As may best be seen in FIG. 1, the invention is a device 10 for muffling the sound of gas escaping from a pipe 12 that dispenses natural gas or any other suitable gaseous fuel. This pipe 12 dispensing natural gas or any other suitable gaseousfuel is a part of an artificial gas-fired burner of the kind well-known in the art. One example of an artificial gas-fired burner 14 in which this device 10 can be used is shown in FIG. 2. While some prior art artificial gas-fired burners 14, such asthose shown in U.S. Pat. No. 5,033,455, can include two gas dispensing pipes, the device 10 of the present invention can be used in gas-fired burners having any number of gas dispensing pipes. The artificial gas-fired burner 14 shown in FIG. 2 usesone gas dispensing pipe 12.

While FIG. 1 shows an assembled device 10 in accordance with one embodiment of the invention, FIG. 5 shows this same device 10 in exploded form, in the manner in which it would appear prior to its assembly. Referring now to FIG. 5, one of theelements of the device 10 is a braided metallic element 16 of a given length. In this embodiment, the braided metallic element 16 has a length of three to four inches, and an internal diameter ranging from approximately 1/4 inch to 1/2 inch. The mostpreferred braided metallic element 16 is made of a bronze material. An example of a most preferred 1/4" braided metallic element 16 is available in bulk form from Metal Flex Sales, St. Louis, Mo. (Tel. (314) 521-3023). The braided metallic element16 has both an inlet end 18, where the gas enters the device, and an outlet end 20, where at least a portion of the gas ultimately exits the device 10.

As may further be seen in FIGS. 1 and 5, the device 10 also includes a braided fibrous element 22. Like the braided metallic element 16, the braided fibrous element 22 has a length of approximately three to four inches, and a diameter of between1/4" and 1/2". Because the braided fibrous element 22 surrounds at least a portion of the braided metallic element 16, as may best be seen in FIG. 1, the braided fibrous element 22 should have a slightly larger inner diameter than the outer diameter ofthe braided metallic element 16. Alternatively, the braided fibrous element 22 should have the ability to expand radially, so that it can grow to accommodate the outer diameter of the braided metallic element 16. One example of a preferred braidedfibrous element 22 is available as a fiberglass packing, Part No. 8819K44, having a 1/4" diameter, usable to up to 1000 degrees Fahrenheit, and available in amounts up to one hundred feet, available from McMaster Carr Products, Chicago, Ill. (Tel. (630) 833-0300). Alternatively, the braided fibrous element 22 may be made of a ceramic fabric or a cotton fabric.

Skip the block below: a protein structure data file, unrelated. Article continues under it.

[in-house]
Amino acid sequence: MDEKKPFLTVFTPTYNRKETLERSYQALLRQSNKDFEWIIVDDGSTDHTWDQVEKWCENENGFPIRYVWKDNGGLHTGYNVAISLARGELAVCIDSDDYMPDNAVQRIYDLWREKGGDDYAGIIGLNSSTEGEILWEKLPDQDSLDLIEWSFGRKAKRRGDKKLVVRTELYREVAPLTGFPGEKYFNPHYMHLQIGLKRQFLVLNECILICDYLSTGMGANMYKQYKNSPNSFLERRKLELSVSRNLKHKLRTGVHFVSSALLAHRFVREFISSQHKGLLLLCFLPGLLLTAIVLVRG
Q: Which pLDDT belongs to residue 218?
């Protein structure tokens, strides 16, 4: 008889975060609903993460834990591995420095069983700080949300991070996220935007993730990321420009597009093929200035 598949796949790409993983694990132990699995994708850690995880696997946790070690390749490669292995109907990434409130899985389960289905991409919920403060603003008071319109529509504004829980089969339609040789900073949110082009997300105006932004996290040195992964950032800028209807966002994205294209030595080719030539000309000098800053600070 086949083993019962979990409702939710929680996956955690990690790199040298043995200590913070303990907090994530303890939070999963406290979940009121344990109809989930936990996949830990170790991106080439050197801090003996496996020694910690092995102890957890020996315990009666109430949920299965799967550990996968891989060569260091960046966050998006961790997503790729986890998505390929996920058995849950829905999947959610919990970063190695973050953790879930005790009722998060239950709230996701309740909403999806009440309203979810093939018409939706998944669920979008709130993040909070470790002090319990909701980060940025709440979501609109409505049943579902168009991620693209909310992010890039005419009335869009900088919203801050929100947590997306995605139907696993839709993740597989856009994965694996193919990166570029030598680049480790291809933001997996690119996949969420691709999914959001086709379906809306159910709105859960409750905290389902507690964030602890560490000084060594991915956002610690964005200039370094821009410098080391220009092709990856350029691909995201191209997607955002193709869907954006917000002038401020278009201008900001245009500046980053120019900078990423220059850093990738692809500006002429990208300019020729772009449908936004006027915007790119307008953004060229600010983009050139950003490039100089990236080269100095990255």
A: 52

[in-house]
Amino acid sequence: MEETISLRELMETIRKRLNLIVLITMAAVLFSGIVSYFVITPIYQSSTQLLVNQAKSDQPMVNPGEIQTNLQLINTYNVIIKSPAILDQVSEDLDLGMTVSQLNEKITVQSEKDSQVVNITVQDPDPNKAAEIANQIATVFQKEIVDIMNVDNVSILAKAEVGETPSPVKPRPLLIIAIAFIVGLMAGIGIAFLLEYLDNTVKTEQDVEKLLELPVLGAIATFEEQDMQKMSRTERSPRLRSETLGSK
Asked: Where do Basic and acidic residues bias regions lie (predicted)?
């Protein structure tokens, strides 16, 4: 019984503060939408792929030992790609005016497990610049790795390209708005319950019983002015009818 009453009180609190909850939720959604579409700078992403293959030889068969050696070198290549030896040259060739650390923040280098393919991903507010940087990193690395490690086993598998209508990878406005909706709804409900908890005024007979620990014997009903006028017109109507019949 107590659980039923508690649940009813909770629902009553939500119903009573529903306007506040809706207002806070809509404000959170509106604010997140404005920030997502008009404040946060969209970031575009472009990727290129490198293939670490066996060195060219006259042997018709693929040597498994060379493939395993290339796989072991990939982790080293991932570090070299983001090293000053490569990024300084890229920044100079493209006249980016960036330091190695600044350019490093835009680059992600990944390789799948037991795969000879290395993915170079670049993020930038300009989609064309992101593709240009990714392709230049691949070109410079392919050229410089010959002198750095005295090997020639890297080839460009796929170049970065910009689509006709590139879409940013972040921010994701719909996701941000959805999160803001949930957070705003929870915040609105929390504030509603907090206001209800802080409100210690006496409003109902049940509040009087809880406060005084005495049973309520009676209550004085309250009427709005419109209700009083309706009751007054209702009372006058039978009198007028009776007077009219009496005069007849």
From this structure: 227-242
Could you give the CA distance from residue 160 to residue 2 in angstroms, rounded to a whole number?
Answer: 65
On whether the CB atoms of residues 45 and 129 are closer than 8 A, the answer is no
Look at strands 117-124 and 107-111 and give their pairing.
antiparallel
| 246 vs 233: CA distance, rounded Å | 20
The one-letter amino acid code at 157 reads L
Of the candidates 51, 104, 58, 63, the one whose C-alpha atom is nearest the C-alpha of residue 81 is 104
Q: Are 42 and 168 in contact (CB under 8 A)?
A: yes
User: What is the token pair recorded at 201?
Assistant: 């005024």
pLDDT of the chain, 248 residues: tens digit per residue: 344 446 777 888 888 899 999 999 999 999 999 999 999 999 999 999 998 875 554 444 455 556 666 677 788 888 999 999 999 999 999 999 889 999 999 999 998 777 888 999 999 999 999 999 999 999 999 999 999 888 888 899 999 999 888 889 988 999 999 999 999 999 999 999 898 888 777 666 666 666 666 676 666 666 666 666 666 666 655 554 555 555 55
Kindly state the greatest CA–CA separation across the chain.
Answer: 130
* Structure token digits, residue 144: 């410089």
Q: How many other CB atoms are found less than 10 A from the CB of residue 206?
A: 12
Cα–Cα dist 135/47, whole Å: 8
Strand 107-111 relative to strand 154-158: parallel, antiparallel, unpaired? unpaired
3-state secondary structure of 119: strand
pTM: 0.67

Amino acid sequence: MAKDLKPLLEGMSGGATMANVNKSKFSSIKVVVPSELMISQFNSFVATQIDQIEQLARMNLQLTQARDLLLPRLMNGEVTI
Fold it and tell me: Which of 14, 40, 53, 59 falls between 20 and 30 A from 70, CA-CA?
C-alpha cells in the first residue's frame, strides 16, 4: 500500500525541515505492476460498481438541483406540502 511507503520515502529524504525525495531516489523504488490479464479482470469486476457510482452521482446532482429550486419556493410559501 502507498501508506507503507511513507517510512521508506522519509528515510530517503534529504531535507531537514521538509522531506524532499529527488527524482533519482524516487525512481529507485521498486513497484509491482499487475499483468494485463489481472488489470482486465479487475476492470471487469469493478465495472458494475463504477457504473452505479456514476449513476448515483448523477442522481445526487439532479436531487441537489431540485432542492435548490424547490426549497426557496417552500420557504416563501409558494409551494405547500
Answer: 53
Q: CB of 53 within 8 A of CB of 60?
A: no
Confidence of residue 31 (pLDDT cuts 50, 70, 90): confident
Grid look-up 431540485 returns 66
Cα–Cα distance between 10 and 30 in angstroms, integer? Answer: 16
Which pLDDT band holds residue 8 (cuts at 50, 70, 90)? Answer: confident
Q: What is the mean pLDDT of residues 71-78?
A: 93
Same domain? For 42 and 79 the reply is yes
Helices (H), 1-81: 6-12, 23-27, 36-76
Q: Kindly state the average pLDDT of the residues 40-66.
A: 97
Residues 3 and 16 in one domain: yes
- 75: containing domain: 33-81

The braided metallic element 16 is crimped at its outlet end 20. Alternatively, the braided metallic element 16 and the braided fibrous element 22 are together crimped adjacent the outlet end 20 of the braided metallic element 16. Obviously,this crimping at the outlet end 20 of the braided metallic element 16 decreases the effective size of the outlet end 20. As a result, there is more restriction to the passage of gas through this crimped outer end 20. The clamp 24 that creates the forcefor crimping is an adjustable clamp, also available from McMaster Carr Products of Chicago, Ill., (tel. (630) 833-0300) as Part No. 52545K42. The clamp 24 is a staple-less ear hose clamp. It is a 3/8" size clamp 24, and that clamp 24 can be used for adiameter range of 5/16" to 3/8".

The components of FIG. 5 are assembled by sliding the braided fibrous element 22 over the braided metallic element 16. The clamp 24 is then placed over at least the outlet end 20 of the braided metallic element 16, and adjusted to radiallycompress the outlet end 20 as much as possible. The device 10 is now fully assembled, and ready for use, as may be seen in FIG. 1.

As may be seen in FIG. 2, the device 10 is inserted into one end 26 of the gas dispensing pipe 12 of the artificial gas-fired burner 14. After insertion into this end 26 of the gas dispensing pipe 12, a natural gas supply pipe (not shown) fromthe residence or commercial establishment is connected to this end 26. The artificial gas-fired burner 14 is now ready for use.